Intelligence indicates Flight PS752 was shot down by Iran: Trudeau

Prime Minister Justin Trudeau holds a news conference updating the Iran plane crash in Ottawa on Thursday, Jan. 9, 2020, as Defence Minister Harjit Sajjan looks on. THE CANADIAN PRESS/Adrian Wyld

Prime Minister Justin Trudeau says Canada has intelligence that indicates that the plane that crashed in Iran Wednesday morning, killing all 176 people aboard, was shot down by an Iranian missile – possibly by accident.

“We have intelligence from multiple sources, including our allies and our own intelligence. The evidence indicates that the plane was shot down by an Iranian surface-to-air missile. This may well have been unintentional,” the prime minister said Thursday afternoon at a news conference.

Ukraine Airlines flight PS752 crashed near Tehran shortly after taking off. Sixty-three of its passengers had Canadian passports, and many others were living in Canada as permanent residents or on visas.

Trudeau declined to elaborate on what evidence Canadian officials possess that led them to believe a surface-to-air missile was to blame. U.S. President Donald Trump has suggested that he also believes Iran was responsible for the plane going down.

Flanked by several senior government and defence officials, the prime minister said he had called for Iran to allow a full investigation into the crash.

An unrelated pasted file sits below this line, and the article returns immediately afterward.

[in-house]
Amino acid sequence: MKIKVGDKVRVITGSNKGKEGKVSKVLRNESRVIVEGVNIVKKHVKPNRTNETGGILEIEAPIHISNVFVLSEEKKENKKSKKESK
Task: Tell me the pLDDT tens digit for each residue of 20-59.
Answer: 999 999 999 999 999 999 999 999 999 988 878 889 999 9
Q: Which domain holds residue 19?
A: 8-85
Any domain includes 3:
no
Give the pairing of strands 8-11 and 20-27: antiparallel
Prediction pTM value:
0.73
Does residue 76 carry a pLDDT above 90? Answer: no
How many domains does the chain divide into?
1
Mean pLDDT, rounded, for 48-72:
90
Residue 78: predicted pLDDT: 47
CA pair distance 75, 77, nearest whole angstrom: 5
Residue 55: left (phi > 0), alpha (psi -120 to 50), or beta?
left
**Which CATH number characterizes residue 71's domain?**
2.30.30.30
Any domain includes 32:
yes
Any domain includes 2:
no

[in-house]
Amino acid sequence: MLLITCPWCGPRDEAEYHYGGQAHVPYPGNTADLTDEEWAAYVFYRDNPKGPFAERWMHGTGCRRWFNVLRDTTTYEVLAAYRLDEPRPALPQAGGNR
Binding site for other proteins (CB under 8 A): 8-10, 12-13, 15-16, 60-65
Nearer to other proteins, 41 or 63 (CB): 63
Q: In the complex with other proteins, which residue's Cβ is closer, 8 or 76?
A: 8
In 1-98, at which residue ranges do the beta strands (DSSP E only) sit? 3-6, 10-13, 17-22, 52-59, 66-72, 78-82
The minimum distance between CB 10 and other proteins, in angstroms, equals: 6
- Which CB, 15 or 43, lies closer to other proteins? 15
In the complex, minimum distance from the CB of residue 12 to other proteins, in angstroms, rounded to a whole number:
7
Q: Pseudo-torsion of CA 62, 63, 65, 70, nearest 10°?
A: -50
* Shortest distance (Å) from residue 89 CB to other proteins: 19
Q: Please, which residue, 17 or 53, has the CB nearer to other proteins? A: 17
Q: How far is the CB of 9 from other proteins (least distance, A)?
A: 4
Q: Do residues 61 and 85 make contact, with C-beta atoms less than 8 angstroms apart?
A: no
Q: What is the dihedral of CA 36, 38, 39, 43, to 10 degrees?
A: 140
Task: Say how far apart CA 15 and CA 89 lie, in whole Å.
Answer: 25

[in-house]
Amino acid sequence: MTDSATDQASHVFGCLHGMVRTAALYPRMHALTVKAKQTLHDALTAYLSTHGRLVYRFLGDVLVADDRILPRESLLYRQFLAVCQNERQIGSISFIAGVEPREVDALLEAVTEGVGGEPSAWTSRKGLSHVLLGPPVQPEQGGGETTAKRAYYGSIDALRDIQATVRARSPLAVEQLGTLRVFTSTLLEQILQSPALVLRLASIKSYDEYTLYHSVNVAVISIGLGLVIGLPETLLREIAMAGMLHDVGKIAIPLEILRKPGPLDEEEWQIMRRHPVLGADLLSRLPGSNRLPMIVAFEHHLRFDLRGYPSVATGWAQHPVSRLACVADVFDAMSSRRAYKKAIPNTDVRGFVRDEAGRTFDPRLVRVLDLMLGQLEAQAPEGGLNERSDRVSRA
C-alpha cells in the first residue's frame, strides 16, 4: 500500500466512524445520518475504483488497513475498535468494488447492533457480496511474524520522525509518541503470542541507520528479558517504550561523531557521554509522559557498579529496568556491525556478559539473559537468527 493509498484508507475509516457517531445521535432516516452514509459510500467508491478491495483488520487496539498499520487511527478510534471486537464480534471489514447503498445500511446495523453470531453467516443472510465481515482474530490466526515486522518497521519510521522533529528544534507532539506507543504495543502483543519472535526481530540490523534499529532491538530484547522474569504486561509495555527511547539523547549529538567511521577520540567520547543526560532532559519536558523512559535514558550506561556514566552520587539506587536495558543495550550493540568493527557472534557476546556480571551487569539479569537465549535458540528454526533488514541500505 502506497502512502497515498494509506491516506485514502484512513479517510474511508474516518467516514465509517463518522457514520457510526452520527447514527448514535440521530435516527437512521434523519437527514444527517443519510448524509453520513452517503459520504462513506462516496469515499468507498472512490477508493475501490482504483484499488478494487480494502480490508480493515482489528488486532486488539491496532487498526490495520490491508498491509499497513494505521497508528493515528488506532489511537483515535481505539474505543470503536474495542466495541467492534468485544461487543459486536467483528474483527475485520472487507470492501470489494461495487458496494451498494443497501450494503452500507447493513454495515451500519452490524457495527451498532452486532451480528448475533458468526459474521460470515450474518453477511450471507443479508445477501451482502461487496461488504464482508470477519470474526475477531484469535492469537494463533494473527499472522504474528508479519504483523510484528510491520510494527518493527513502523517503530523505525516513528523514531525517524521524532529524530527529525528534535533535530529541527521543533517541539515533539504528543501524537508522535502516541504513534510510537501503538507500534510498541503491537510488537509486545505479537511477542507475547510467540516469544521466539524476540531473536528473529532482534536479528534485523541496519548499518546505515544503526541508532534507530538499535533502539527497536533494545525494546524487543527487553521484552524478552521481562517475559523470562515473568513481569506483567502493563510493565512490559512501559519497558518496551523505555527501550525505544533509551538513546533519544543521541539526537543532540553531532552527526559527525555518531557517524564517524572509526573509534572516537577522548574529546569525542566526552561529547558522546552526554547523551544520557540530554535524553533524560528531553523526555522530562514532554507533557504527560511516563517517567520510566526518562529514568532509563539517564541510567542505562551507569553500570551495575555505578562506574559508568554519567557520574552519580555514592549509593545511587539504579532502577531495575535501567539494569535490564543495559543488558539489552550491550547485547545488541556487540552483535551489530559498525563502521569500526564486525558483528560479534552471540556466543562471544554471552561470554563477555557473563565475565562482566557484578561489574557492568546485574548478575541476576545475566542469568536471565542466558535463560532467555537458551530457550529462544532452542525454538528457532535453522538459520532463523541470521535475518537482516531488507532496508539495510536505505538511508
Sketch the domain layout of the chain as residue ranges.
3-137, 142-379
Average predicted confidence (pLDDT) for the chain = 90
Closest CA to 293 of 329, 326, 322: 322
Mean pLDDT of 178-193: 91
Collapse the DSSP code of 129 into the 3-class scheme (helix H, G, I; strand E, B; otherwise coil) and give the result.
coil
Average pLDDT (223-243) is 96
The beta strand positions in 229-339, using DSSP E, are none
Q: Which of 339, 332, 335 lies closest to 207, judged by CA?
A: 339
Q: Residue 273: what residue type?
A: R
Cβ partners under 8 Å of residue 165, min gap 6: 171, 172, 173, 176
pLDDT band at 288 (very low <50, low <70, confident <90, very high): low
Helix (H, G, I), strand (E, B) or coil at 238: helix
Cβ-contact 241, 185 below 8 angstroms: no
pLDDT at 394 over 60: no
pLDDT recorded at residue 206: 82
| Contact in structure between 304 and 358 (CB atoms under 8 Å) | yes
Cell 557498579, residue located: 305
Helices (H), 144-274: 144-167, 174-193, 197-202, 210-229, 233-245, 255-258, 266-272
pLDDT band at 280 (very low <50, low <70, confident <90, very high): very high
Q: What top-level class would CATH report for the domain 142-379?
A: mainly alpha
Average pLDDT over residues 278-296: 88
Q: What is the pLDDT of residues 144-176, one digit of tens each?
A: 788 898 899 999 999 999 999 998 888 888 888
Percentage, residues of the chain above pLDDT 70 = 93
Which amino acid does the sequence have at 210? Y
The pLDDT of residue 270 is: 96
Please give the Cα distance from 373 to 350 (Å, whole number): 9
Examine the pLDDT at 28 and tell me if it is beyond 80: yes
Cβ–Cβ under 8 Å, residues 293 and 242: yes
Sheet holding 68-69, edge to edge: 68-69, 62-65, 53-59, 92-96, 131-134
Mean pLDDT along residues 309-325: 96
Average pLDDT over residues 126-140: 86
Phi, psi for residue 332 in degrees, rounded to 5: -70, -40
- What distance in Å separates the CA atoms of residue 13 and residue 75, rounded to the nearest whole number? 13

“The families of the victims and all Canadians want answers. I want answers. That means closure, transparency, accountability and justice,” he said.

“This government will not rest until we get that.”

Trudeau said he had been in touch with several world leaders since the crash, including Prime Minister Mark Rutte of the Netherlands, whose government led the investigation into the 2014 crash of Malaysia Airlines Flight 17.

Canada and Iran have not had formal diplomatic relations since 2012, when Canada labelled Iran a state sponsor of terrorism. Foreign Affairs Minister Francois-Phillippe Champagne has talked to his Iranian counterpart about the crash.

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Trudeau said Thursday that Canada has pushed Iran to allow Canadian investigators to take part in the probe, but that their participation has not been confirmed.

The plane’s black box, which could provide pivotal clues for investigators, remains in Iran. Trudeau said that Iran has agreed to grant Ukrainian investigators access to the box, but does not intend to let it out of the country.

With files from The Canadian Press

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